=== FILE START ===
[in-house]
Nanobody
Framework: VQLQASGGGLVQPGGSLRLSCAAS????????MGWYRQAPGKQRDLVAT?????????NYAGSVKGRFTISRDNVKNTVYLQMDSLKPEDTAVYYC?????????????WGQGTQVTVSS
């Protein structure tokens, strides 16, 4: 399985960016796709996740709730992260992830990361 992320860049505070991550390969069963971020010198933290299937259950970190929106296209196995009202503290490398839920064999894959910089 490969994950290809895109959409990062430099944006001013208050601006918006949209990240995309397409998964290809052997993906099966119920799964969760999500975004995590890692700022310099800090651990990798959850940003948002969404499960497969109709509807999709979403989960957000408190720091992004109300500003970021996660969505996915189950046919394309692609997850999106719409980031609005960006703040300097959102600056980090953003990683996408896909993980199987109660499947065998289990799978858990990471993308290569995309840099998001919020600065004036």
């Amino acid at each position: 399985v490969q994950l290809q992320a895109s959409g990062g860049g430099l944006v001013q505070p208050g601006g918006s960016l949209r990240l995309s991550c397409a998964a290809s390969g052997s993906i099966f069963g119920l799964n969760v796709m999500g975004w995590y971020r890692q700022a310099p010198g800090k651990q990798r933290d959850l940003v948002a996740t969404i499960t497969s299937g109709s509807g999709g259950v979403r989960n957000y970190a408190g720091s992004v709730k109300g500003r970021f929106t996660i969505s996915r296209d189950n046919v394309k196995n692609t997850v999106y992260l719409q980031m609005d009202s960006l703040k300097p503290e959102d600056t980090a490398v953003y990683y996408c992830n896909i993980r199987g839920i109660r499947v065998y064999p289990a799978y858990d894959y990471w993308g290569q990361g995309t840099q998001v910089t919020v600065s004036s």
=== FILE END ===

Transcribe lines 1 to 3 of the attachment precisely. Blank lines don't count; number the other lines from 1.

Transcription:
[in-house]
Nanobody
Framework: VQLQASGGGLVQPGGSLRLSCAAS????????MGWYRQAPGKQRDLVAT?????????NYAGSVKGRFTISRDNVKNTVYLQMDSLKPEDTAVYYC?????????????WGQGTQVTVSS